Michele Roelofsen, Gordon’s Bay
How do you know if the person coming towards you through the haze is really an angel? Feathers and wings and a halo, of course.
It’s the uniform you expect of extraordinary and wonderful beings. God’s appointed messengers coming to give you a message, or to carry you home.
Lying on my back staring at the ceiling these last few days I have been surrounded by angels.
They rustled when they moved, swishing by in plastics busying themselves with altered light and gently muffled murmurings, catheters, needles, pills and drips.
My angels leaning over me were dressed in green gowns and wore space masks in an attempt to keep me from leaving Planet Earth.
My angels work ten hour shifts on with a five-hour break to go home, scrub clean, sleep and feed and protect their families.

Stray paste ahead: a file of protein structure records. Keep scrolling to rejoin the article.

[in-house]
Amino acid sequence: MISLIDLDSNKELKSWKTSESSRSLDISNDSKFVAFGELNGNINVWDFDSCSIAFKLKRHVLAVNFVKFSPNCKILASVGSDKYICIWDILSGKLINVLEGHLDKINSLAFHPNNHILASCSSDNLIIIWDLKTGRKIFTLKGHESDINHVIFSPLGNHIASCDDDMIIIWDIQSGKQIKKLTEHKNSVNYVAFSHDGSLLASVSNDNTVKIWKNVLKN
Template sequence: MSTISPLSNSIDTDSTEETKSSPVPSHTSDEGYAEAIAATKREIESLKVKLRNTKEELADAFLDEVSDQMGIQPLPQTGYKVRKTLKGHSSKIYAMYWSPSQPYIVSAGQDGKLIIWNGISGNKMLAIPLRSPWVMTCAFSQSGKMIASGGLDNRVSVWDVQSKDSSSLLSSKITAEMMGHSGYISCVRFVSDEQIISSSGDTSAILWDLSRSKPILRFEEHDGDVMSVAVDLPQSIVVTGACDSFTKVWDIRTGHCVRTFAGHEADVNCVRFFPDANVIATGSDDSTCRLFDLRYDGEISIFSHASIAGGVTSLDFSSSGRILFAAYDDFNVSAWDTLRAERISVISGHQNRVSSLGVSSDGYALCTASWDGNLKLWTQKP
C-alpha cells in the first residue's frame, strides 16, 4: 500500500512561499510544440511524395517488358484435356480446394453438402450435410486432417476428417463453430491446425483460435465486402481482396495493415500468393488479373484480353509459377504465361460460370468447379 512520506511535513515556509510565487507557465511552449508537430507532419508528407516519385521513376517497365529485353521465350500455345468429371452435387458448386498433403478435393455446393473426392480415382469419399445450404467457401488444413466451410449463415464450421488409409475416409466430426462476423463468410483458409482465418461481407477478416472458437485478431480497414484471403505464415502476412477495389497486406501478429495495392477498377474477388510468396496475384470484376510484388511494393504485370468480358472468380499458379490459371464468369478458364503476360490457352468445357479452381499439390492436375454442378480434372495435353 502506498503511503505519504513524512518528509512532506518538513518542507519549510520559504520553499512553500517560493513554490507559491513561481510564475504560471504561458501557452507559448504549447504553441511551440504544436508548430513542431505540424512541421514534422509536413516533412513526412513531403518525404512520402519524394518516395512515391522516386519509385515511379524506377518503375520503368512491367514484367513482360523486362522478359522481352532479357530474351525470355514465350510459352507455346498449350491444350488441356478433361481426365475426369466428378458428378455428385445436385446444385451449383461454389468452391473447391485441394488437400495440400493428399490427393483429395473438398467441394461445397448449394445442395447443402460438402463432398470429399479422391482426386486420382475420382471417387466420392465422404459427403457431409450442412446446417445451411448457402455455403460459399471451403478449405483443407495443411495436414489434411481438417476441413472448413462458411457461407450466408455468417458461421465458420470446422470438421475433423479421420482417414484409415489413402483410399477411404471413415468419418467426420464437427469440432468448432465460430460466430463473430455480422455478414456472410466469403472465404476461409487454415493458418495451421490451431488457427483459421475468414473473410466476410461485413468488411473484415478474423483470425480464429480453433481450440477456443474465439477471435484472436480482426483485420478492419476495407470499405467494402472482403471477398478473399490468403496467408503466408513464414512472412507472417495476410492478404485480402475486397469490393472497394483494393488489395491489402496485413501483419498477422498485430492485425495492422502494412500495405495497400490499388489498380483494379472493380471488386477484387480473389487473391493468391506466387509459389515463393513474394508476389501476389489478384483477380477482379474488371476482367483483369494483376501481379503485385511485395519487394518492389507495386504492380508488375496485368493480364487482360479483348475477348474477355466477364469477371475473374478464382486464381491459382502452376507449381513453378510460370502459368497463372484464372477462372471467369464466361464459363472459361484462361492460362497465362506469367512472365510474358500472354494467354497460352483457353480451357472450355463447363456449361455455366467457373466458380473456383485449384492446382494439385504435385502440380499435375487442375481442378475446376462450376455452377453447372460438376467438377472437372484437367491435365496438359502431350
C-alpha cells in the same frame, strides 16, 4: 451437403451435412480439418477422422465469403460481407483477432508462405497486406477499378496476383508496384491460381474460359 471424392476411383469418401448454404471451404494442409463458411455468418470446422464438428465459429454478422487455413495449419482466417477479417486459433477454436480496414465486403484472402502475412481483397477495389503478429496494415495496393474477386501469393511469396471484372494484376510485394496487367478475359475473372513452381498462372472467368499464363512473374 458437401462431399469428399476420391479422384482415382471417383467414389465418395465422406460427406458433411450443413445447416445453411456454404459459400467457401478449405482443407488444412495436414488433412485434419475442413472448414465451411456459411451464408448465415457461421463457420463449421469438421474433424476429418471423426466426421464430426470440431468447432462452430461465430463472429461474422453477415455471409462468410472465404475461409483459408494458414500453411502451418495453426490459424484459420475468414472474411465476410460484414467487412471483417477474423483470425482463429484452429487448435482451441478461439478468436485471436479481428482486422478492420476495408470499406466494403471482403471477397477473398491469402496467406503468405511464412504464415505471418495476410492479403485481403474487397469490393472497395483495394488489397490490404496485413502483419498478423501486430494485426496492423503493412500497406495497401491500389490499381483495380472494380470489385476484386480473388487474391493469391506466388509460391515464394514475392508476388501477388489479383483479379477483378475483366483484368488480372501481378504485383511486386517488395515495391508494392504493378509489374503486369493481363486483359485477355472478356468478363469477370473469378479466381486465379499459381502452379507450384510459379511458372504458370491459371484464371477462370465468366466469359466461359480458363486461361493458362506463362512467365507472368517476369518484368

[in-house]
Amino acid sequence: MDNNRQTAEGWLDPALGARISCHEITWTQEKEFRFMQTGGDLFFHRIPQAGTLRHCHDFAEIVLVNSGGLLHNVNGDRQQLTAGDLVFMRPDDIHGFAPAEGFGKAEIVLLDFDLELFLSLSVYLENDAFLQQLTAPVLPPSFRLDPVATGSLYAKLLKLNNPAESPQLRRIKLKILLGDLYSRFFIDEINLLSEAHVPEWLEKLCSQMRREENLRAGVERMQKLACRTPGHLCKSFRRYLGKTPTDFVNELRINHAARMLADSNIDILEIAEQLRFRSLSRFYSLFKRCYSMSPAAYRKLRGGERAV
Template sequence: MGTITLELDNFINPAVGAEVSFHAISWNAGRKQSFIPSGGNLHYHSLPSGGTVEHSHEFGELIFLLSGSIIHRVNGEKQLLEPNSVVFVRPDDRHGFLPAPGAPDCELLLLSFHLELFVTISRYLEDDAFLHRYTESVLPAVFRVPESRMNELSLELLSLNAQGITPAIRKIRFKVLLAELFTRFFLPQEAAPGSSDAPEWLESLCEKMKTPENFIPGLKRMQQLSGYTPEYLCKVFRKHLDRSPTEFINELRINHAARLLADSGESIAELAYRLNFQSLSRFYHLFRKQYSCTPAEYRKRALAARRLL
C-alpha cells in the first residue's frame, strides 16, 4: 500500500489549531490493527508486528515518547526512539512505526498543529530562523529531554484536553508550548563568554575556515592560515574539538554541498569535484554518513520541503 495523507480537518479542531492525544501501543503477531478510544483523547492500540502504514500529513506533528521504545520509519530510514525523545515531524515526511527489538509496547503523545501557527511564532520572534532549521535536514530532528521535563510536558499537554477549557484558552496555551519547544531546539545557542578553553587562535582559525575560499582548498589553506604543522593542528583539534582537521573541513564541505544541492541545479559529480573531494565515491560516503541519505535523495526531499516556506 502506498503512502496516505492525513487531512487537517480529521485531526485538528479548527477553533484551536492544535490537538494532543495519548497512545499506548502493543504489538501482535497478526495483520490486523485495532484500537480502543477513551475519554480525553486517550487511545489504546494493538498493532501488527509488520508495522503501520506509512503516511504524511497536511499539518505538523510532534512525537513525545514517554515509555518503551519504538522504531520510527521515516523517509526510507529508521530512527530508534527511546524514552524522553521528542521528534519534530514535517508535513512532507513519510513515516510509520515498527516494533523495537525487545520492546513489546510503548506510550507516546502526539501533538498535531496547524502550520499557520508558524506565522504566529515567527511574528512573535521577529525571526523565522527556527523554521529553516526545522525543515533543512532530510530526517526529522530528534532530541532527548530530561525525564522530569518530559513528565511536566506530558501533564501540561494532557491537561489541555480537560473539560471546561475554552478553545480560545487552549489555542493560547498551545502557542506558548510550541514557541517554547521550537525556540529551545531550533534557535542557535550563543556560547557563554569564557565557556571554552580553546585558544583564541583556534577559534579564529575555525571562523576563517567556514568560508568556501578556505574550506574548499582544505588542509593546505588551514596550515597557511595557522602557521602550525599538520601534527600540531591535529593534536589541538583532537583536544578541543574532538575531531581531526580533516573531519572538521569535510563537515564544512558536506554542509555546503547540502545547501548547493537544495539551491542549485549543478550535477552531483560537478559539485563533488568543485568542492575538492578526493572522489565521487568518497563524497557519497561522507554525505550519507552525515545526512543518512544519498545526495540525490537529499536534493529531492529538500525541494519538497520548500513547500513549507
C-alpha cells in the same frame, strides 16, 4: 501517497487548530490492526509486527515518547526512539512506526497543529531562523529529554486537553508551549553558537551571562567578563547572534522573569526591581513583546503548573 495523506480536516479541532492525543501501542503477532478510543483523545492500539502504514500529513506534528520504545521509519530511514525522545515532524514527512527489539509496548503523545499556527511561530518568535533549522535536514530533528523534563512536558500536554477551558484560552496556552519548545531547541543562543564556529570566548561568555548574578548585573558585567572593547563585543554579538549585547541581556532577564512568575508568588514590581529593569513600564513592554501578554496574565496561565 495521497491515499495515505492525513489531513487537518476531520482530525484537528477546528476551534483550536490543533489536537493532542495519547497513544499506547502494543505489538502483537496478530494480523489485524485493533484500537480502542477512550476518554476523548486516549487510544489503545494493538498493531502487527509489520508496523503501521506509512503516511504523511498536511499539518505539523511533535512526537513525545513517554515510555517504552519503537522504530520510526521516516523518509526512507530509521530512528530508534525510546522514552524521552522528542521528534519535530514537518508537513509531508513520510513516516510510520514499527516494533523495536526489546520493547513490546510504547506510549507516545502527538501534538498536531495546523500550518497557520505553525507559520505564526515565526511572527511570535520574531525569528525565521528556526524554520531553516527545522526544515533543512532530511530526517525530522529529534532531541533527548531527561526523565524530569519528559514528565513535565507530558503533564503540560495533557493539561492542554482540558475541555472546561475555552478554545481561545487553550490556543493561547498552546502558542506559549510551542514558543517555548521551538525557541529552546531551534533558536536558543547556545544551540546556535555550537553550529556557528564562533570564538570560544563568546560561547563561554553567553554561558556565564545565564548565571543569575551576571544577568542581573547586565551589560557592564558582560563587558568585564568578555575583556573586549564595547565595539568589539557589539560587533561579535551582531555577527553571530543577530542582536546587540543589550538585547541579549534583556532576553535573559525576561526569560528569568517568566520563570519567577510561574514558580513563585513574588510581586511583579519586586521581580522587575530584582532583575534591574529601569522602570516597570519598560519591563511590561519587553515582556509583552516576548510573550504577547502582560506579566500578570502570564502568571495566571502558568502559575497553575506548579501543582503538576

Then back for another low-paid ten- hour shift. This for three days and then the mighty gift of two days off.
I press a button and an angel appears in moments. I wish for water and it appears with good food and a smile. Am I delirious?
Truth is, there are many angels that come into our lives along the corridors of our difficulties, patient unselfish and caring angels who put the needs of others before their own.
And in this crisis they are everywhere you can look if only you look. My own angels (four of them) had each had Covid-19, and yet still returned fearlessly to the front for more and endless battle with a deadly enemy.
God’s appointed messengers, in a uniform you can expect of extraordinary and wonderful beings, coming to give you a message, or to carry you home.
I would like to express my great appreciation and thanks to those wonderful doctors and nurses who tended me at E-Ward, Vergelegen Mediclinic, for Covid-19 and pneumonia, quite possibly saving my life, and returning time and again to the front line to selflessly attend the urgent needs of others. Both heroes and angels!
* This letter was sent to Bolander by Philip’s partner, Michele Roelofsen, who has the Ndiza Gallery in Gordon’s Bay.